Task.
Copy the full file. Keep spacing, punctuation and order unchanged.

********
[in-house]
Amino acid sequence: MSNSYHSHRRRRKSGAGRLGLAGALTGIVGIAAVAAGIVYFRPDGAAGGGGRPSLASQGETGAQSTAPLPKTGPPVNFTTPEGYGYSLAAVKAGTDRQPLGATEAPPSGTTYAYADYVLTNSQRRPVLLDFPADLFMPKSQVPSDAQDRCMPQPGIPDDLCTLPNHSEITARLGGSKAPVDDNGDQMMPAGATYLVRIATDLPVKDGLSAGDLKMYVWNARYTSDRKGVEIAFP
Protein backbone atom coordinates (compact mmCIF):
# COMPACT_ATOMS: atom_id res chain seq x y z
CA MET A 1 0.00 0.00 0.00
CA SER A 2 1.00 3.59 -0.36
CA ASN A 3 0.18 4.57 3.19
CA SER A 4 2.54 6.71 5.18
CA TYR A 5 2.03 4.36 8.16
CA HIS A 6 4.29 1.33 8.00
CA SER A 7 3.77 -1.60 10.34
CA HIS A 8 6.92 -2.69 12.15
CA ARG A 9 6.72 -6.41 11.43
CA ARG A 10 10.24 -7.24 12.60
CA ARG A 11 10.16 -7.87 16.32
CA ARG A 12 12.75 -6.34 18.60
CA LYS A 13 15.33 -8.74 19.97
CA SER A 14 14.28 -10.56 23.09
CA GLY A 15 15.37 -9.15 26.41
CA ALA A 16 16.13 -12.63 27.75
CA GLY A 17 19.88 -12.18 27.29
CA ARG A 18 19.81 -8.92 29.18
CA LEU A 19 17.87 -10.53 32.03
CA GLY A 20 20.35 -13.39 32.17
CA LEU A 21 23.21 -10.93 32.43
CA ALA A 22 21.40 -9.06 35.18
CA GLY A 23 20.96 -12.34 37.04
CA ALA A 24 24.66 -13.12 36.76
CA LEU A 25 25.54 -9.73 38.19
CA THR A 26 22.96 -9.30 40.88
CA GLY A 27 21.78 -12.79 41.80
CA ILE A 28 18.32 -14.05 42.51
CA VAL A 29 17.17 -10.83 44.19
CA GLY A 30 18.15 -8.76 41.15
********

[in-house]
Amino acid sequence: MSNSYHSHRRRRKSGAGRLGLAGALTGIVGIAAVAAGIVYFRPDGAAGGGGRPSLASQGETGAQSTAPLPKTGPPVNFTTPEGYGYSLAAVKAGTDRQPLGATEAPPSGTTYAYADYVLTNSQRRPVLLDFPADLFMPKSQVPSDAQDRCMPQPGIPDDLCTLPNHSEITARLGGSKAPVDDNGDQMMPAGATYLVRIATDLPVKDGLSAGDLKMYVWNARYTSDRKGVEIAFP
Protein backbone atom coordinates (compact mmCIF):
# COMPACT_ATOMS: atom_id res chain seq x y z
CA MET A 1 0.00 0.00 0.00
CA SER A 2 1.00 3.59 -0.36
CA ASN A 3 0.18 4.57 3.19
CA SER A 4 2.54 6.71 5.18
CA TYR A 5 2.03 4.36 8.16
CA HIS A 6 4.29 1.33 8.00
CA SER A 7 3.77 -1.60 10.34
CA HIS A 8 6.92 -2.69 12.15
CA ARG A 9 6.72 -6.41 11.43
CA ARG A 10 10.24 -7.24 12.60
CA ARG A 11 10.16 -7.87 16.32
CA ARG A 12 12.75 -6.34 18.60
CA LYS A 13 15.33 -8.74 19.97
CA SER A 14 14.28 -10.56 23.09
CA GLY A 15 15.37 -9.15 26.41
CA ALA A 16 16.13 -12.63 27.75
CA GLY A 17 19.88 -12.18 27.29
CA ARG A 18 19.81 -8.92 29.18
CA LEU A 19 17.87 -10.53 32.03
CA GLY A 20 20.35 -13.39 32.17
CA LEU A 21 23.21 -10.93 32.43
CA ALA A 22 21.40 -9.06 35.18
CA GLY A 23 20.96 -12.34 37.04
CA ALA A 24 24.66 -13.12 36.76
CA LEU A 25 25.54 -9.73 38.19
CA THR A 26 22.96 -9.30 40.88
CA GLY A 27 21.78 -12.79 41.80
CA ILE A 28 18.32 -14.05 42.51
CA VAL A 29 17.17 -10.83 44.19
CA GLY A 30 18.15 -8.76 41.15